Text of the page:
The experiment was arranged as a randomized design. Experiment animals were allowed free access to water throughout the experimental period. The trial period lasted for 37 days. At day 37, piglets were anesthetized with sodium pentobarbital and killed by jugular puncture. Jejunum and ileum were collected for intestinal mucosal morphology, diamine oxidase (DAO), maleic dialdehyde (MDA), total antioxidant capacity (T-AOC), and some signal proteins analysis. Liver and kidney also were collected to detect MDA, DAO, hydrogen peroxide (H2O2) and T-AOC. Serum were prepared on day 15, 30 and 37 for catalase (CAT), MDA, nitric oxide (NO), H2O2 and amino acids levels determination. Plasma were prepared on day 15, 30 for D-lactate and DAO determination.

Antioxidation capacity, D-lactate and amino acids levels analysis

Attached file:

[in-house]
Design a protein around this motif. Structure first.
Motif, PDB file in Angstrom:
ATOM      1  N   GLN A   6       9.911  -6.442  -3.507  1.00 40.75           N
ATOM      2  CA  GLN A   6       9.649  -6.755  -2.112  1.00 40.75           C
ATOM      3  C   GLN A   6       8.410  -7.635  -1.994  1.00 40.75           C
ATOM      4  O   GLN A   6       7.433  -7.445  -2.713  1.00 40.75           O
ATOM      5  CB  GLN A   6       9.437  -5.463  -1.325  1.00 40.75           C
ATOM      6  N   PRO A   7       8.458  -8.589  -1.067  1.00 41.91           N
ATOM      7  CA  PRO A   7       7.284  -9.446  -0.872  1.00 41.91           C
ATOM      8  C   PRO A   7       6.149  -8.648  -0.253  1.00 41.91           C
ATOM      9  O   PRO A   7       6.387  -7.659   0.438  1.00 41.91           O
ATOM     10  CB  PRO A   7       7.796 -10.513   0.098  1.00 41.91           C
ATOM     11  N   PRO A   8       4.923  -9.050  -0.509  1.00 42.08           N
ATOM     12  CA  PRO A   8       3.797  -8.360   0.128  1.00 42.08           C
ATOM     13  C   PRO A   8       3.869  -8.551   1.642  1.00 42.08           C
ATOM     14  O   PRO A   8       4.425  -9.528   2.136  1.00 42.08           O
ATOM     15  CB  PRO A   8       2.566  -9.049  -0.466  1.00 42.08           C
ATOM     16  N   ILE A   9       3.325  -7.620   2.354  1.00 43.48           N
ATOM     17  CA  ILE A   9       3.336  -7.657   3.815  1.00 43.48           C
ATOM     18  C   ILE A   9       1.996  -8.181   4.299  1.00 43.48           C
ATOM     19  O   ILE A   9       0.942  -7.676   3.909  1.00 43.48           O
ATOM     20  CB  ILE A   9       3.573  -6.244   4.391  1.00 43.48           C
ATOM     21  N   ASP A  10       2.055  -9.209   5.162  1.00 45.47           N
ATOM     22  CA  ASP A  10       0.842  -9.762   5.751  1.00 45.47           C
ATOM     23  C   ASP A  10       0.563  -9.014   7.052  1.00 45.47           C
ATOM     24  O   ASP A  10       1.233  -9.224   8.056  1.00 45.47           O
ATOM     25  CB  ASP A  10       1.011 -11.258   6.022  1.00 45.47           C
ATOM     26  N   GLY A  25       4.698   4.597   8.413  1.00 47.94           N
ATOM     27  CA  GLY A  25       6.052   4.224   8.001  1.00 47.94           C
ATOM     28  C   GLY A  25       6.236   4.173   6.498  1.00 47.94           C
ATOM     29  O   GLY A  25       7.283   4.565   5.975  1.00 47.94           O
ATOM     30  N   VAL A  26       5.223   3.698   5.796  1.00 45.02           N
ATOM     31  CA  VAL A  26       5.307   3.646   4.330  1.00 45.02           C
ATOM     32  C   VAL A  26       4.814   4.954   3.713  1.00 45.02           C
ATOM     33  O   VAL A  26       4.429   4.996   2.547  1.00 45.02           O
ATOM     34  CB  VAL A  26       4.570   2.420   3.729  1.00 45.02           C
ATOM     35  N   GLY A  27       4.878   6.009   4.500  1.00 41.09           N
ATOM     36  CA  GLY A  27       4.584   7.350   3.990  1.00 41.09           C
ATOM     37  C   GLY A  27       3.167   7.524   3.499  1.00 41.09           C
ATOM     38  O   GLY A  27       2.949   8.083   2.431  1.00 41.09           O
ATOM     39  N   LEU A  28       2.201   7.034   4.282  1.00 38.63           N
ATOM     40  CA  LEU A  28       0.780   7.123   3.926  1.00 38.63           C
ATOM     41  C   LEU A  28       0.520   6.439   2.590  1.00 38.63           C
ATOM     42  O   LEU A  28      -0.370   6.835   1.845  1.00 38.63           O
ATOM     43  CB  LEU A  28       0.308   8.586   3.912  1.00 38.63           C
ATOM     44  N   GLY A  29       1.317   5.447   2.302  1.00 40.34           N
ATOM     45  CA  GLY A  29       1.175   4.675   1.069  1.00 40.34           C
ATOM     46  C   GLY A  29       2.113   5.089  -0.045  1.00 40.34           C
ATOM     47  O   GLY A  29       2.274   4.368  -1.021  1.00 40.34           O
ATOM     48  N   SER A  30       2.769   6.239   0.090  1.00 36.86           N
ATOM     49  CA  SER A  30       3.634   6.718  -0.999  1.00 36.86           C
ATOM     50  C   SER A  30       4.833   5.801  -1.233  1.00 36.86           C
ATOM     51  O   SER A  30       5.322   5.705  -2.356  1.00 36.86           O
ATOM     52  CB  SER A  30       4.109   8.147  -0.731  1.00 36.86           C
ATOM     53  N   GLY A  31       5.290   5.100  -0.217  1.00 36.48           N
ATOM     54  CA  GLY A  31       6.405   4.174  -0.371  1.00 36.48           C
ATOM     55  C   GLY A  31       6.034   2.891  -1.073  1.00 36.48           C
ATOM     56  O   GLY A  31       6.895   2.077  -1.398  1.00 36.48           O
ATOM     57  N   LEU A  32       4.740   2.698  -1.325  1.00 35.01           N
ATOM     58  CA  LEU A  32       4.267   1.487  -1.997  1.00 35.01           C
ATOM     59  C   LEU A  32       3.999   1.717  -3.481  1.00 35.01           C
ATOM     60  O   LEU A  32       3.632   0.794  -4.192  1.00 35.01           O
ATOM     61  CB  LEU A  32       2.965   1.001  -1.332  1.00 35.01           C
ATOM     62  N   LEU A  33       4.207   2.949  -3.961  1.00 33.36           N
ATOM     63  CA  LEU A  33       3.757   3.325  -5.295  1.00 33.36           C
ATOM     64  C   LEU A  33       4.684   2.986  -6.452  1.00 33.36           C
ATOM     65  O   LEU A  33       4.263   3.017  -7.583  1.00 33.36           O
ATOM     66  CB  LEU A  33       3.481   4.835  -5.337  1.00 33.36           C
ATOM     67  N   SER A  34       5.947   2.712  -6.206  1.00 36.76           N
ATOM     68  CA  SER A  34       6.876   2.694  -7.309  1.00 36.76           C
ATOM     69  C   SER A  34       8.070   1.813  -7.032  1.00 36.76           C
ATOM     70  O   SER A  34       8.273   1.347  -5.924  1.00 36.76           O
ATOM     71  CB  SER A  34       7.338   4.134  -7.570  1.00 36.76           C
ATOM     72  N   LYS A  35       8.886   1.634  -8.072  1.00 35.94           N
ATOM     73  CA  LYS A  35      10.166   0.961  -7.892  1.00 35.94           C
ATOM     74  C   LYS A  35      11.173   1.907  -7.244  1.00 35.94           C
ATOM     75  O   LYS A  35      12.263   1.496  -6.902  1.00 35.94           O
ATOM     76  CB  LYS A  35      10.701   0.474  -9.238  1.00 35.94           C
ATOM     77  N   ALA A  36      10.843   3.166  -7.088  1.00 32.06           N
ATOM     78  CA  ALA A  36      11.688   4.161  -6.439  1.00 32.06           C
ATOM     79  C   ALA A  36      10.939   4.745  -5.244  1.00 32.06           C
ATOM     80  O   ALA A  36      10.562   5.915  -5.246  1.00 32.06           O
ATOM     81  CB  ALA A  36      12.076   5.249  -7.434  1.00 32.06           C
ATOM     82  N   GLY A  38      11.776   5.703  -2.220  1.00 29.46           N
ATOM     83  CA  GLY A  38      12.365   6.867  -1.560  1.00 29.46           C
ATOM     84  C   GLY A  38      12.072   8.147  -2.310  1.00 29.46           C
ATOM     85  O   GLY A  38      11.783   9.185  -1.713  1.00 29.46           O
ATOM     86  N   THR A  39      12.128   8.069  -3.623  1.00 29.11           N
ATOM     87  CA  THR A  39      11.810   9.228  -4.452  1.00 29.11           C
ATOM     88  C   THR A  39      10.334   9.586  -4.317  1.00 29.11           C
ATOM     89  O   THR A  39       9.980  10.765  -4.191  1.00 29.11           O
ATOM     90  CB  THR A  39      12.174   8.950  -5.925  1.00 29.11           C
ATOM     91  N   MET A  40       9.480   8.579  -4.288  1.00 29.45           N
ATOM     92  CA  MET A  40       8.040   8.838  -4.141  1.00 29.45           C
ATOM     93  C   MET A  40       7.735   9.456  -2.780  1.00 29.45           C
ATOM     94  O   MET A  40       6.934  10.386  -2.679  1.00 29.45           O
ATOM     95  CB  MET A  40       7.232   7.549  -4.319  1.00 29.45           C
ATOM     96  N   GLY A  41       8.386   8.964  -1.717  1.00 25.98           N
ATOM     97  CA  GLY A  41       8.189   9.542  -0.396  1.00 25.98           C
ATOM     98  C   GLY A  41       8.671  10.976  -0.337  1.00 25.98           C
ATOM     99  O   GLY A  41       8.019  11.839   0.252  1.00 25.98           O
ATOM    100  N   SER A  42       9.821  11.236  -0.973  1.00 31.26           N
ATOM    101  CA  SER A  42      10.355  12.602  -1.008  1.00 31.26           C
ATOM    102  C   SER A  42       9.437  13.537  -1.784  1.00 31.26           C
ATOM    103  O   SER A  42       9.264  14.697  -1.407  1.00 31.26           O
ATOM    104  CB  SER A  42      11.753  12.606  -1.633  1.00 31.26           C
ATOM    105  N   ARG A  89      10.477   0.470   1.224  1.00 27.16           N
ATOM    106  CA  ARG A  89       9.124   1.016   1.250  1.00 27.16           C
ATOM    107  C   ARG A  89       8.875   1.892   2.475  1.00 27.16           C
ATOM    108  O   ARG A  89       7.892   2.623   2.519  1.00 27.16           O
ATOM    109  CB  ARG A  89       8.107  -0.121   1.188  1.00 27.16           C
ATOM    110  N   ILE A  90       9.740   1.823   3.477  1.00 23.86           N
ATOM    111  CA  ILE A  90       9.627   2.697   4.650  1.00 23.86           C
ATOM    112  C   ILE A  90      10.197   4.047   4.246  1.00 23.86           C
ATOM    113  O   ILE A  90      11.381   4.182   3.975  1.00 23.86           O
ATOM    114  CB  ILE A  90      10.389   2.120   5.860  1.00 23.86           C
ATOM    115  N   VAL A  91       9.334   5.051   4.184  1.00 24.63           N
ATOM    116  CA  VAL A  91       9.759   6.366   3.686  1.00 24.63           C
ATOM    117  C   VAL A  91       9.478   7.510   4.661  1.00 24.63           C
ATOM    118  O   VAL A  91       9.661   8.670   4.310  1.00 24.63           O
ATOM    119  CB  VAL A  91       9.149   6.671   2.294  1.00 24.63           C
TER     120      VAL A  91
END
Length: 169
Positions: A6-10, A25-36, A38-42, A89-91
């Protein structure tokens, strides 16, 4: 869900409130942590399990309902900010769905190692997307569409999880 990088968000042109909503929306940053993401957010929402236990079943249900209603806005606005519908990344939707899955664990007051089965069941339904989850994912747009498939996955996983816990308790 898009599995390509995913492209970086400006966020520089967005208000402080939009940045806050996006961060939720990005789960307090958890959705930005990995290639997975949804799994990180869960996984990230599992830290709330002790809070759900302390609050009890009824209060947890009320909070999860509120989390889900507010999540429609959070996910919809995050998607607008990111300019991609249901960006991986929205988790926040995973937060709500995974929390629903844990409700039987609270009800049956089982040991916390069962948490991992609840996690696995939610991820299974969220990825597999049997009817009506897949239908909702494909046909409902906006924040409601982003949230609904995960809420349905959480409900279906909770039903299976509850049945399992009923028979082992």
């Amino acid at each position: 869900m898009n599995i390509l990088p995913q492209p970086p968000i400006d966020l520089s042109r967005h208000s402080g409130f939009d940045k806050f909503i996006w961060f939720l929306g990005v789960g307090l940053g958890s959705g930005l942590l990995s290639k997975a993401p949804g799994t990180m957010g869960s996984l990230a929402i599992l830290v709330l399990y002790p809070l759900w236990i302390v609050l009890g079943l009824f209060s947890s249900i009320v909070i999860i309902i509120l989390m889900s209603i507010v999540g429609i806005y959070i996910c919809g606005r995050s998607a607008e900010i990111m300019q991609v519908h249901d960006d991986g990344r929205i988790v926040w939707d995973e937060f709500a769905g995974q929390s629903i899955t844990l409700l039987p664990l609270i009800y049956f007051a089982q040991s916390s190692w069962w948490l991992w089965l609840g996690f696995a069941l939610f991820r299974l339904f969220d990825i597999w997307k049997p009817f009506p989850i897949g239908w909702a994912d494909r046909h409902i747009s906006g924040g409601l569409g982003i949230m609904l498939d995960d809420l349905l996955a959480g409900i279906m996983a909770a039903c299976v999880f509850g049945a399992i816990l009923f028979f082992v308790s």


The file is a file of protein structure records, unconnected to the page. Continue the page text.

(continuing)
Spectrophotometric kits was used to analyze several parameters in samples, including CAT activities, and MDA, NO and H2O2 levels in the serum; T-AOC activity; and MDA and H2O2 levels in the liver and kidney; as well as T-AOC activity and MDA level in the jejunum and ileum. The protocol was conducted according to the manufacturer’s instructions (Nanjing Jiancheng Biotechnology Institute, China). The reaction system for determining DAO concentration included 0.1 ml (4 µg) horseradish peroxidase solution (Sigma), 3 ml 0.2 M, pH 7.2 PBS, 0.1 ml O-dianisidine methanol solution (500 µg of O-dianisidine) (Sigma), 0.5 ml sample, and 0.1 ml substrate solution (175 µg of cadaverine dihydrochloride) (Sigma). Then the processed samples were incubated in an incubator chamber at 37°C for 30 min and measured at 436 nm by UV/visible spectrophotometer-UV–2450 (SHIMADZU, Japan) [24]. Plasma D-lactate was determined using assay kit in accordance with the manufacturer’s instruction (BioVision Inc., America). The serum was separated with centrifugation at 3,500×g for 15 min at 4°C and stored at −20°C. Concentrations of amino acids in the serum were detected via LC-MS/MS (HPLC Ultimate3000 and 3200 Q TRAP LC-MS/MS). Serum amino acids were analyzed with isotope dilution liquid chromatography-mass spectrometry methods by Beijing Amino Medical Research CO., LTD, Beijing, China.